How does coronavirus affect pregnancy?
According to the NHS, it’s expected that most pregnant women will experience mild or moderate cold or flu-like symptoms.
Pregnant women have been placed in the ‘vulnerable group’ by the Chief Medical Officer. There is no evidence to suggest being pregnant means you’re more likely to get coronavirus. However, for a small number of women, it does mean being pregnant may change the way their body handles severe viral infection.
If you’re pregnant and have an underlying health condition, such as asthma or diabetes, you may be more unwell if you develop the virus. If you have significant heart disease, congenital or acquired, you are considered extremely vulnerable and should follow the government advice and guidance.
Has COVID-19 affected the care I should expect?
With NHS services changing the way they work in response to COVID-19, some people who are currently expecting children have told Healthwatch that they are concerned that about going into hospital during the current outbreak and that there is not enough support for them to give birth at home.
The NHS has written to services reminding them that they need to:
- Be in regular contact with all women receiving antenatal and postnatal care.
- Make clear to women how to access maternity services for scheduled and unscheduled care.
- Encourage them to raise any concerns so that the maternity teams can advise and reassure women of the best and safest place to receive care.
If you are worried you should contact the service who is supporting you to understand the support available and to discuss your concerns.
What is the government’s advice for pregnant women?
Pregnant women are considered to be a vulnerable group, so it’s important that you follow the government advice on coronavirus.
Follow the hygiene advice
There are general principles you can follow to help prevent the spread of respiratory viruses such as COVID-19, including:
- Washing your hands more often – with soap and water for at least 20 seconds or use a hand sanitiser when you get home or into work, when you blow your nose, sneeze or cough, eat or handle food.
- Avoid touching your eyes, nose, and mouth with unwashed hands.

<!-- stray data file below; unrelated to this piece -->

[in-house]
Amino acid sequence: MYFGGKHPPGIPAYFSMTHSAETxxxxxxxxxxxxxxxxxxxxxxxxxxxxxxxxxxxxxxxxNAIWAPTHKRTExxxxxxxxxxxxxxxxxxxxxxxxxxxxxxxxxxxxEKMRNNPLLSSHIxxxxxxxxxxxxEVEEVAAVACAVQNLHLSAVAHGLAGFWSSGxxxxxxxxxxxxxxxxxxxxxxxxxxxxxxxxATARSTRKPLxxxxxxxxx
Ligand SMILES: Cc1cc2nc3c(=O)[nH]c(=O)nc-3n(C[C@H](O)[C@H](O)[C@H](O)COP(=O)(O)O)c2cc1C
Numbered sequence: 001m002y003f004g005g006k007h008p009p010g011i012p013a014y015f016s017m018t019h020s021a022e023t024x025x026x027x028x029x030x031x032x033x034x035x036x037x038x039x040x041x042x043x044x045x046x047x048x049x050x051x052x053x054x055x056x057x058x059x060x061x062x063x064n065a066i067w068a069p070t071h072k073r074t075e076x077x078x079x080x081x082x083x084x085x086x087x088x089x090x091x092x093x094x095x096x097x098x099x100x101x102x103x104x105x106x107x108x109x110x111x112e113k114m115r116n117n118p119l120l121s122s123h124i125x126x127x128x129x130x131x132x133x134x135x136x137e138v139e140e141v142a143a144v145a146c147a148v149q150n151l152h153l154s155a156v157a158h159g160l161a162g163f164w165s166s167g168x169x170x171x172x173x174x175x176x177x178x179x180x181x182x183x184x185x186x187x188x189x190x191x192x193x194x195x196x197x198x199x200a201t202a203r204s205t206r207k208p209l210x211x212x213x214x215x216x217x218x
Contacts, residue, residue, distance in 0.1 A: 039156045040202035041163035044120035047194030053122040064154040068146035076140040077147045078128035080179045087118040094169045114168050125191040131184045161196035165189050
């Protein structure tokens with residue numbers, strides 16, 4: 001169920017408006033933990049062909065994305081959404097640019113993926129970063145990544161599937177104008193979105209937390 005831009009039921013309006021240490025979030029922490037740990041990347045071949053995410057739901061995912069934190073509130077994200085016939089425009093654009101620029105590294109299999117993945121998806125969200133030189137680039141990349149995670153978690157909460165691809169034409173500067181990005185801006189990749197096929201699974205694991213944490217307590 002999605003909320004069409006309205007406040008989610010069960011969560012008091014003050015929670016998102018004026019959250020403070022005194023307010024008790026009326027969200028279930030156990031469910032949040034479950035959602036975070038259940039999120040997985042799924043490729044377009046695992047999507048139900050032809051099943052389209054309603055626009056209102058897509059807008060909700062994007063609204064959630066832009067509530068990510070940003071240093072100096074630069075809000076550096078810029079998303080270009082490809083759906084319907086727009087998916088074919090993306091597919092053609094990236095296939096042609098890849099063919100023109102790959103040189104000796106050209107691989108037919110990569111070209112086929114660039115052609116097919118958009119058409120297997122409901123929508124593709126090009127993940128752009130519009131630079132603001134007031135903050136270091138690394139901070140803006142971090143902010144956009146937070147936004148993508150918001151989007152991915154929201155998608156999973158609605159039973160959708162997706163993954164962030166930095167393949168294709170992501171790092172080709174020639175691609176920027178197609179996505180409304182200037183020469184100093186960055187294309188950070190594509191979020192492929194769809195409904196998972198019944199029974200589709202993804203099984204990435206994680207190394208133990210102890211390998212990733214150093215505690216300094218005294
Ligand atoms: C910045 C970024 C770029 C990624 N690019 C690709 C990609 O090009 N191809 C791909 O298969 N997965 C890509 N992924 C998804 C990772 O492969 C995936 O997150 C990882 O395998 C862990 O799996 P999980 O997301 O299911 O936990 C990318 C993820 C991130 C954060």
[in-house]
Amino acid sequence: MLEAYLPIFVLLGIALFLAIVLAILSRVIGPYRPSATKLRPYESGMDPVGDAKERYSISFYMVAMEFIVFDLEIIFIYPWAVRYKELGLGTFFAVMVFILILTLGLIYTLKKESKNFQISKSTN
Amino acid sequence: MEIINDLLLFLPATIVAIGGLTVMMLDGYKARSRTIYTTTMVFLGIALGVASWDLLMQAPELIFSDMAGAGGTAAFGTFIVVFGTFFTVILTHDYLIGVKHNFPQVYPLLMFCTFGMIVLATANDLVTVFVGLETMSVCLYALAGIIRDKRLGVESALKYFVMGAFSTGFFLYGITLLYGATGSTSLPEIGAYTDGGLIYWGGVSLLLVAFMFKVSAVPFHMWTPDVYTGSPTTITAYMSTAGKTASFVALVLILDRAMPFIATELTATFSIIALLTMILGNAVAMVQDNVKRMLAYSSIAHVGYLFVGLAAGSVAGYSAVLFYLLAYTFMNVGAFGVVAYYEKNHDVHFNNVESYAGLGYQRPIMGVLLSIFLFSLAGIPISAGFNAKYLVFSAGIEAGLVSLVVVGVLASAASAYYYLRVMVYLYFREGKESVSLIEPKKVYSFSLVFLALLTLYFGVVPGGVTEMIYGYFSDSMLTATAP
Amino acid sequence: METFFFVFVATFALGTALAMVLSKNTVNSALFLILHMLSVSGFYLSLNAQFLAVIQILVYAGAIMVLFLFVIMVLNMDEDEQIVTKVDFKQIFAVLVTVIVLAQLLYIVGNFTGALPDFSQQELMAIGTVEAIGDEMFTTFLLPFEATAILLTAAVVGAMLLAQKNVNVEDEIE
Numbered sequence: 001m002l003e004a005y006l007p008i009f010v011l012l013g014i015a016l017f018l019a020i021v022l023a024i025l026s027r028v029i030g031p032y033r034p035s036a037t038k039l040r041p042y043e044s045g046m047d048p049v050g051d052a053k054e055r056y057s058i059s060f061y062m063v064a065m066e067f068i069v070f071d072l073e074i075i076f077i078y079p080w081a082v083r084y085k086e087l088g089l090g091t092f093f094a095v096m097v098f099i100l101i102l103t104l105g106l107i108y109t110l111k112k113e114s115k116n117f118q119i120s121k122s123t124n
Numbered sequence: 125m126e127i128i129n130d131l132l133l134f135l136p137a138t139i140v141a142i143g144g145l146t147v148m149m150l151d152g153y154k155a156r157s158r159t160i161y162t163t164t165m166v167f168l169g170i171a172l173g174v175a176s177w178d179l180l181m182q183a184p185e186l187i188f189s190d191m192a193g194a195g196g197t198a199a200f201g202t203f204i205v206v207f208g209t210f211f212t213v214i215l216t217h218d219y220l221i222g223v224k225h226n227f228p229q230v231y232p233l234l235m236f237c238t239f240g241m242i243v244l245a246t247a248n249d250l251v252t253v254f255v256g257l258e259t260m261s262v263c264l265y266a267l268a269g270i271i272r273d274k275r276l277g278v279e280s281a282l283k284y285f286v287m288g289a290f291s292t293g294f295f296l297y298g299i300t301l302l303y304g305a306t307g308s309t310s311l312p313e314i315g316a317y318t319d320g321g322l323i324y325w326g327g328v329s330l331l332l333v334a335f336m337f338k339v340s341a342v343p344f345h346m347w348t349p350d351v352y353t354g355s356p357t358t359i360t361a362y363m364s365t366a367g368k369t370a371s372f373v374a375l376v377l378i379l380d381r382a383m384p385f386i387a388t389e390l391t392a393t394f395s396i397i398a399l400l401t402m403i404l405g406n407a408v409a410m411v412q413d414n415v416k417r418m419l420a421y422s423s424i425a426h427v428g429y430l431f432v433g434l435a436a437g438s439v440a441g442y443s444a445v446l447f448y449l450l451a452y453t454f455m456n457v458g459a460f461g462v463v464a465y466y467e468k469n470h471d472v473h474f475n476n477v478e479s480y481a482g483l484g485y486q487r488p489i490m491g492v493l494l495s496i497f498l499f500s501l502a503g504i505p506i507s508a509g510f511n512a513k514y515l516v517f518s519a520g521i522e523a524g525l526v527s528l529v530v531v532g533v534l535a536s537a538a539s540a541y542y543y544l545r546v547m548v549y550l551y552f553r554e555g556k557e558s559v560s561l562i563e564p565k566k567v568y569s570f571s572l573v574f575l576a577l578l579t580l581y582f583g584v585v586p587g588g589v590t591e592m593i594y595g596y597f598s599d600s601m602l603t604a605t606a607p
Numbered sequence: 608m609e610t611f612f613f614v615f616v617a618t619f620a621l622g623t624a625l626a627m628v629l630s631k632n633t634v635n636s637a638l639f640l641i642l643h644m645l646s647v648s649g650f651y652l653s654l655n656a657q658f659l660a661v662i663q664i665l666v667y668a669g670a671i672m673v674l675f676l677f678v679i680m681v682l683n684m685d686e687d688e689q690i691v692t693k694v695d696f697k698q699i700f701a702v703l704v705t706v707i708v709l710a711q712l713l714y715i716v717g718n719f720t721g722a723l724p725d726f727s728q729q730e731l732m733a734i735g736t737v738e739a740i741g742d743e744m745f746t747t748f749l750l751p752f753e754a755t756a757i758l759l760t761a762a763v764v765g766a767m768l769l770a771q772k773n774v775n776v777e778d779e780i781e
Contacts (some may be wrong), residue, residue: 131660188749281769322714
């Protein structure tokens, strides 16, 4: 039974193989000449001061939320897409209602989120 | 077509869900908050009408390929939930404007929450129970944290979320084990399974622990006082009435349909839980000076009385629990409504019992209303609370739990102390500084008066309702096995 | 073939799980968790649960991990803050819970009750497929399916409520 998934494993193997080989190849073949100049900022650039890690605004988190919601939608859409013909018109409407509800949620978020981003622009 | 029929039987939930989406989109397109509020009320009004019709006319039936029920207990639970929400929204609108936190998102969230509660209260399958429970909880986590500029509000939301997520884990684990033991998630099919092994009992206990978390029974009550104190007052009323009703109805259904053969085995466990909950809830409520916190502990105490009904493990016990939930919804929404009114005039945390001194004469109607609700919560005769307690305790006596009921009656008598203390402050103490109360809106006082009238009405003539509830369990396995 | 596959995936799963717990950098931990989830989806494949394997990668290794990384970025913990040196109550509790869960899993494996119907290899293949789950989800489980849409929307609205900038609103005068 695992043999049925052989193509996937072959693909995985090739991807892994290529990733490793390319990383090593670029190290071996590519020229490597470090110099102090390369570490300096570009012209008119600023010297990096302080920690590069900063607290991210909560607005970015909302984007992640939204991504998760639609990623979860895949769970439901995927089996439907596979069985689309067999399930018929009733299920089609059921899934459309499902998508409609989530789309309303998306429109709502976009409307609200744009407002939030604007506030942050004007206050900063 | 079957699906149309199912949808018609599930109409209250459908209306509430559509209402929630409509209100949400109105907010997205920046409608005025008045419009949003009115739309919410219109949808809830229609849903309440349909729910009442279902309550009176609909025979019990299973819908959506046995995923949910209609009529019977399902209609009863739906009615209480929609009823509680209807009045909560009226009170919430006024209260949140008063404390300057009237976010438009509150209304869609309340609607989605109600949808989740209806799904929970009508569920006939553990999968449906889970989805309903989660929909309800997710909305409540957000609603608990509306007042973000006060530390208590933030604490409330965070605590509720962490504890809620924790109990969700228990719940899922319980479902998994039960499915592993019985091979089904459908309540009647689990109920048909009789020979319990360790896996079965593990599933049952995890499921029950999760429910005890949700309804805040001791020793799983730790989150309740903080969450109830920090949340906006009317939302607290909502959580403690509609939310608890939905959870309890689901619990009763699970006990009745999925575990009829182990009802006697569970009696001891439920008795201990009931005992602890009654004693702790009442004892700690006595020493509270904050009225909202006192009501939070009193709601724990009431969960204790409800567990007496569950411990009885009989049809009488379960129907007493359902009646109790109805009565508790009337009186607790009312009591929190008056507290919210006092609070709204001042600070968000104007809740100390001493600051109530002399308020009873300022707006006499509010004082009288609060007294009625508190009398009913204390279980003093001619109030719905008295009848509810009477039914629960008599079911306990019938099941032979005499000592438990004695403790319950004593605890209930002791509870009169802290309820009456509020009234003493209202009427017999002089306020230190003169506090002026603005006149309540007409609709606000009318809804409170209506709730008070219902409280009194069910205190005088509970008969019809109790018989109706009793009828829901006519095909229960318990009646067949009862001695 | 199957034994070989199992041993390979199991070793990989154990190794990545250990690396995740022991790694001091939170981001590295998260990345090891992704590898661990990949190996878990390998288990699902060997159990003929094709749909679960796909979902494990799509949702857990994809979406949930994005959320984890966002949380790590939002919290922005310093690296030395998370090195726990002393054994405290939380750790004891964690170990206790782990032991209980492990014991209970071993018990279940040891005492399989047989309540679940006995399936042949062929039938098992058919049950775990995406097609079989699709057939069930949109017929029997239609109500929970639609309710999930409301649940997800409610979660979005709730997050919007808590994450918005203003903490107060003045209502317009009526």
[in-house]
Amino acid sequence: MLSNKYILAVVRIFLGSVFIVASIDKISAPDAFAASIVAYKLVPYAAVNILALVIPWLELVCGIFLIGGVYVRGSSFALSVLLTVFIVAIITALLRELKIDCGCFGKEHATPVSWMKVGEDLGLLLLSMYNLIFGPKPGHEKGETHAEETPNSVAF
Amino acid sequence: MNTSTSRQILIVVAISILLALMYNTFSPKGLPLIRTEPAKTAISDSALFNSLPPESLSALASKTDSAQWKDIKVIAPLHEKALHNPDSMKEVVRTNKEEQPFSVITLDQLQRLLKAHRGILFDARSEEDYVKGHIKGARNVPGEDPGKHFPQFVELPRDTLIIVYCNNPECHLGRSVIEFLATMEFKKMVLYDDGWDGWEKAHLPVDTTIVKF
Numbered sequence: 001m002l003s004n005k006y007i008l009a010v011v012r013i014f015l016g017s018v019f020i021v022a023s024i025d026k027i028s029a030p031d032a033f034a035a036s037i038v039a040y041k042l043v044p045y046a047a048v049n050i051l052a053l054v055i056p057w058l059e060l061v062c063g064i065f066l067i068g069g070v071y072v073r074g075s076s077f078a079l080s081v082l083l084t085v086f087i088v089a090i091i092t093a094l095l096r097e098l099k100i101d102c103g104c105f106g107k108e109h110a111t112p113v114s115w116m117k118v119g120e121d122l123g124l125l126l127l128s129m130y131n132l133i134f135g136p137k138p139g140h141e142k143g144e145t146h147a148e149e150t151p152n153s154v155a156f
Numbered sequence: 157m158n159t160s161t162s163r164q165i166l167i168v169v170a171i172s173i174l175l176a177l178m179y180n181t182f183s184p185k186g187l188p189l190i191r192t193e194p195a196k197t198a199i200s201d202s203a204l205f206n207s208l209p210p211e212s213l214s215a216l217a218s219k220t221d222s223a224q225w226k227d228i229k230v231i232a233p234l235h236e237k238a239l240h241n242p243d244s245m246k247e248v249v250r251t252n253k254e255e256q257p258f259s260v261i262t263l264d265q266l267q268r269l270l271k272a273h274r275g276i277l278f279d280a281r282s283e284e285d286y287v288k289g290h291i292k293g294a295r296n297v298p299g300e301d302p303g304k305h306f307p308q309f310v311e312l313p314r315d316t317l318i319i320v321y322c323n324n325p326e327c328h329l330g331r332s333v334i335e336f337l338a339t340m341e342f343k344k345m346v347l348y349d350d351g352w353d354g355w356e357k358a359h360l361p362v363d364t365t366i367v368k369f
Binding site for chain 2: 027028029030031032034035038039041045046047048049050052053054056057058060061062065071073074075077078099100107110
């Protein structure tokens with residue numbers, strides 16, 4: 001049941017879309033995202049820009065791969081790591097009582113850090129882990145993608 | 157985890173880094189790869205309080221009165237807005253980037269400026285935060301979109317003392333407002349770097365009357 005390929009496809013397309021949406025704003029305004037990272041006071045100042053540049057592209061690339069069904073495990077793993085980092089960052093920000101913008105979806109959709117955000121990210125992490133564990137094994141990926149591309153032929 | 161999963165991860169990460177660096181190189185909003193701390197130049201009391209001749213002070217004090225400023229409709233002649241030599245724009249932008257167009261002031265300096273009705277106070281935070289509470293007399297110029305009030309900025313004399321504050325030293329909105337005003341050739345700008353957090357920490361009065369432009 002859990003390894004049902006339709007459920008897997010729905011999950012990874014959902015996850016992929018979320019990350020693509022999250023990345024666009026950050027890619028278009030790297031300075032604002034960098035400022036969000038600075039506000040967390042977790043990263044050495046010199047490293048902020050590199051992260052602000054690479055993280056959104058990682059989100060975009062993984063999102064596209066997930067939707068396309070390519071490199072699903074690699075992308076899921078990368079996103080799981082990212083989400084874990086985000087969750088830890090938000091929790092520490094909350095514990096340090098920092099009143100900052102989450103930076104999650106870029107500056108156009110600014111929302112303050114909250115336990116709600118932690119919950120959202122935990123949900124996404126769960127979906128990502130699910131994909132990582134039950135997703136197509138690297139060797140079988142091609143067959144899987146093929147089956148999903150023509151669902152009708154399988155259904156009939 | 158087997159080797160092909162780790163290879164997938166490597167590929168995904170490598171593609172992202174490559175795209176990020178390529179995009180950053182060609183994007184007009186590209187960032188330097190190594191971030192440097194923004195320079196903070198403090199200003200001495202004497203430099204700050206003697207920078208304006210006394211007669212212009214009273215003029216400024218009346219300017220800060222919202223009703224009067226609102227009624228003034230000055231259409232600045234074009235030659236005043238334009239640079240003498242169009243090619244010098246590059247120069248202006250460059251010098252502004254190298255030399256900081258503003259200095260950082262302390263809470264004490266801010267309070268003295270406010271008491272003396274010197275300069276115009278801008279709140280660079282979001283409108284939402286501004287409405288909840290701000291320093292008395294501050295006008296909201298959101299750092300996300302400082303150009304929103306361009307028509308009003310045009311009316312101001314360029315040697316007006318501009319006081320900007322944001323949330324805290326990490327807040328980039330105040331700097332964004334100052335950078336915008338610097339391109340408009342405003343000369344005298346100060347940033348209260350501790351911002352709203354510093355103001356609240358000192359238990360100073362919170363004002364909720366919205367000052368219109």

- Avoid close contact with people who have symptoms.
- Cover your cough or sneeze with a tissue, then throw the tissue in a bin and wash your hands.
- Clean and disinfect frequently touched objects and surfaces in the home.
Maintain social distancing
Social distancing refers to limiting face-to-face contact with others as much as possible. You should read the government guidance but the steps you should be following as much as possible include:
- Avoid contact with someone who is displaying COVID-19 symptoms of coronavirus, such as a high temperature and/or new and continuous cough and/or a loss or change to their sense of smell or taste.
- Avoid non-essential use of public transport.
- Work from home, where possible. Your employer should support you to do this.
- Avoid large and small gatherings in public spaces or getting together with friends and family in person.
- Use telephone or online services to contact your GP or other essential services.
What should pregnant women do if they have coronavirus symptoms?
- If you are pregnant and you have either a high temperature and/or new persistent cough and/or a loss or change to your sense of taste or smell, you should stay at home for at least seven days. Do not go to your GP, pharmacist or hospital. Find out more about what to do if you need to self-isolate.
- You should let your midwife or maternity unit know if you have symptoms, especially if you have any routine appointments in the next seven days.
- If you have symptoms of coronavirus (COVID-19), you can ask for a test via the NHS website to check if you have the virus. You need to get the test done in the first 5 days of having symptoms.
- If your symptoms are mild, you will be advised to stay at home. If your symptoms are severe you may need to be treated in hospital.
- If you feel your symptoms worsening or if you are not getting better, you should contact your maternity care team, your GP or use NHS 111. In an emergency call 999.
Should pregnant women attend antenatal appointments?
- If you are well, it’s important that you still attend your antenatal appointment. If you are displaying symptoms of COVID-19, contact your community midwife to postpone your appointment until the self-isolation period is over.
- If you would like your partner to attend your appointment with you, check with your midwife that this is still possible. Some services have put restrictions in place to protect staff and other visitors.
- If you are due a routine scan or visit, check with your maternity unit for advice as you may still need to attend.
- If you are asked to attend a scan or an appointment, you should go.
Mental health advice for pregnant women
More than 1 in 10 women develop a mental health issue during pregnancy or after giving birth. Pandemics, like coronavirus, are likely to cause anxiety. If expectant and new parents are worried about their mental wellbeing, they can get support from range of different organisations and charities. The Maternal Mental Health Alliance has an updated list of organisations that parents can contact during coronavirus.
Got another question?
As well as the advice available from the NHS, Government and charities the Royal College of Obstetrics and Gynaecology has also produced a detailed COVID-19 Q&A for pregnant women and their families covering:
- General advice.
- Getting antenatal care.
- Child birth choices and birth partners.
- Having a COVID-19 infection or suspected infection.
- The period after birth.